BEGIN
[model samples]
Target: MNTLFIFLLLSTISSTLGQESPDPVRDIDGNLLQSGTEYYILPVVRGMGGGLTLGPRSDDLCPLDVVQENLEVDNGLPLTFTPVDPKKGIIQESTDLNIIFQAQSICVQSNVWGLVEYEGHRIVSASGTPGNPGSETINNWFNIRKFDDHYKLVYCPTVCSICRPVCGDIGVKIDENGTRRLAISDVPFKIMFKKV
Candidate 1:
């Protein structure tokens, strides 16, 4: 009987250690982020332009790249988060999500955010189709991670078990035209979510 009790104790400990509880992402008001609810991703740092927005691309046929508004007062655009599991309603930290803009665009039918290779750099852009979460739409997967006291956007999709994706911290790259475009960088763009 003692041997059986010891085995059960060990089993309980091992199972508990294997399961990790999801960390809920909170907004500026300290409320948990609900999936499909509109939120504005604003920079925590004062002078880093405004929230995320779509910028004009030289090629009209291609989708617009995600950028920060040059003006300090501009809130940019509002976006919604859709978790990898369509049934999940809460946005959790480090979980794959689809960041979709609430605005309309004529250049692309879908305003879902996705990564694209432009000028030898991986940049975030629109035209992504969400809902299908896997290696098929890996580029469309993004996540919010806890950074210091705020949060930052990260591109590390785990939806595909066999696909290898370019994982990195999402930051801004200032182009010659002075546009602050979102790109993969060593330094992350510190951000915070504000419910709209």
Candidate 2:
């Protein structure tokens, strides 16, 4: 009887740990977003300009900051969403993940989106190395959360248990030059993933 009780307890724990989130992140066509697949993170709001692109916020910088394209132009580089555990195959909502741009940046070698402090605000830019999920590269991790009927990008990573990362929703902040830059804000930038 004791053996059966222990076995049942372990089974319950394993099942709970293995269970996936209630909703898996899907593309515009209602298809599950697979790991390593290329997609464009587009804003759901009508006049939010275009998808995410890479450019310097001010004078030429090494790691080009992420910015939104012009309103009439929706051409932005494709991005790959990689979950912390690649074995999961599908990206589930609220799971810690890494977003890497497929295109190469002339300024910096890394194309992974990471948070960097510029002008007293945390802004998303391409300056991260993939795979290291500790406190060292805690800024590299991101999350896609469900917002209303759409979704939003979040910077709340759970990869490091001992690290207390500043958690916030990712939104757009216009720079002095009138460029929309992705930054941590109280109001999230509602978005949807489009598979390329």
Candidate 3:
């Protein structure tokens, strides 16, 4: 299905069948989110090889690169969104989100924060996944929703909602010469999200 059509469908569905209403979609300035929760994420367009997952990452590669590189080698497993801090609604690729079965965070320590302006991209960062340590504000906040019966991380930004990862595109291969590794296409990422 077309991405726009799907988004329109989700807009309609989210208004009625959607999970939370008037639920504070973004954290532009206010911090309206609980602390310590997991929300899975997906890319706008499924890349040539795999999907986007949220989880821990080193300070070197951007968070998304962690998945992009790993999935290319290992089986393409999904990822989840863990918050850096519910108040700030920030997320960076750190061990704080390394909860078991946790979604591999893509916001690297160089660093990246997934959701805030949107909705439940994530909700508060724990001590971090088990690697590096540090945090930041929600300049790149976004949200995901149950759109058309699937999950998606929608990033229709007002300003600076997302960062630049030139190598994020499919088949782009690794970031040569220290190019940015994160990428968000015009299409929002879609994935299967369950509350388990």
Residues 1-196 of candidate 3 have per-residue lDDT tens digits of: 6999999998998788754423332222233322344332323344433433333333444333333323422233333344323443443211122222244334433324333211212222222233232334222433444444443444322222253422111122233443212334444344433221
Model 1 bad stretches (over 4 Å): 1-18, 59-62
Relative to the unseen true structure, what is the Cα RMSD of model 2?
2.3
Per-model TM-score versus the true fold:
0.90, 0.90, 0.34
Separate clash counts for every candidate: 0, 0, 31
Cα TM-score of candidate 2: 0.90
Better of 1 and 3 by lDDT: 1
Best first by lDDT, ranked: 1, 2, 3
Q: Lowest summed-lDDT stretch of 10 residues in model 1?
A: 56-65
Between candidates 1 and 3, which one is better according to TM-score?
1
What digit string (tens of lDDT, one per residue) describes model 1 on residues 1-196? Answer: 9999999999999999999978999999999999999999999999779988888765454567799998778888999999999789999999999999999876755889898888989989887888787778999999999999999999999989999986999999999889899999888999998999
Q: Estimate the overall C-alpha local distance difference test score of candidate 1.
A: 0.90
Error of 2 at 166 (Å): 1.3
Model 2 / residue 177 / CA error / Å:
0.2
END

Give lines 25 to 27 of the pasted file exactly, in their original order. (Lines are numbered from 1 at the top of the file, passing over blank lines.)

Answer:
A: 0.90
Error of 2 at 166 (Å): 1.3
Model 2 / residue 177 / CA error / Å: